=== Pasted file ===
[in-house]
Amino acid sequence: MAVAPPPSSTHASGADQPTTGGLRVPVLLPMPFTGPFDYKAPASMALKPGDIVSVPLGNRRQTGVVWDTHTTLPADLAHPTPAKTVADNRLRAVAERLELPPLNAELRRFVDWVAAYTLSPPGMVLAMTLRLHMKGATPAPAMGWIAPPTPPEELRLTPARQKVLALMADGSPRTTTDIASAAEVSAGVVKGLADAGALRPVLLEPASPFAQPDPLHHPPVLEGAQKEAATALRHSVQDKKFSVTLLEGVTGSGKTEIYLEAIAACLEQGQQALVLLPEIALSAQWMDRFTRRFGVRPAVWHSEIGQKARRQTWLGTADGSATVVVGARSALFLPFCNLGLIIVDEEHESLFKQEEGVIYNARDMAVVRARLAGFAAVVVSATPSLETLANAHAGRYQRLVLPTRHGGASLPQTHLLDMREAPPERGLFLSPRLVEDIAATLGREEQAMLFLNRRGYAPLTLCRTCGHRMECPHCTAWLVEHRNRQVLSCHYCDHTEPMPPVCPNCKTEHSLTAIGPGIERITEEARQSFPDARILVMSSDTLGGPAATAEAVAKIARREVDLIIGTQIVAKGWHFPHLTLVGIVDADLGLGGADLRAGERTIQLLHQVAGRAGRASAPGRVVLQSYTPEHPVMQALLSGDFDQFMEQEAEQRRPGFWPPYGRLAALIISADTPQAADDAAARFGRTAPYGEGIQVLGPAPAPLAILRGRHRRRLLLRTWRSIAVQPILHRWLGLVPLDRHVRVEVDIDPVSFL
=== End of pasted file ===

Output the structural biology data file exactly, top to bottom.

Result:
[in-house]
Amino acid sequence: MAVAPPPSSTHASGADQPTTGGLRVPVLLPMPFTGPFDYKAPASMALKPGDIVSVPLGNRRQTGVVWDTHTTLPADLAHPTPAKTVADNRLRAVAERLELPPLNAELRRFVDWVAAYTLSPPGMVLAMTLRLHMKGATPAPAMGWIAPPTPPEELRLTPARQKVLALMADGSPRTTTDIASAAEVSAGVVKGLADAGALRPVLLEPASPFAQPDPLHHPPVLEGAQKEAATALRHSVQDKKFSVTLLEGVTGSGKTEIYLEAIAACLEQGQQALVLLPEIALSAQWMDRFTRRFGVRPAVWHSEIGQKARRQTWLGTADGSATVVVGARSALFLPFCNLGLIIVDEEHESLFKQEEGVIYNARDMAVVRARLAGFAAVVVSATPSLETLANAHAGRYQRLVLPTRHGGASLPQTHLLDMREAPPERGLFLSPRLVEDIAATLGREEQAMLFLNRRGYAPLTLCRTCGHRMECPHCTAWLVEHRNRQVLSCHYCDHTEPMPPVCPNCKTEHSLTAIGPGIERITEEARQSFPDARILVMSSDTLGGPAATAEAVAKIARREVDLIIGTQIVAKGWHFPHLTLVGIVDADLGLGGADLRAGERTIQLLHQVAGRAGRASAPGRVVLQSYTPEHPVMQALLSGDFDQFMEQEAEQRRPGFWPPYGRLAALIISADTPQAADDAAARFGRTAPYGEGIQVLGPAPAPLAILRGRHRRRLLLRTWRSIAVQPILHRWLGLVPLDRHVRVEVDIDPVSFL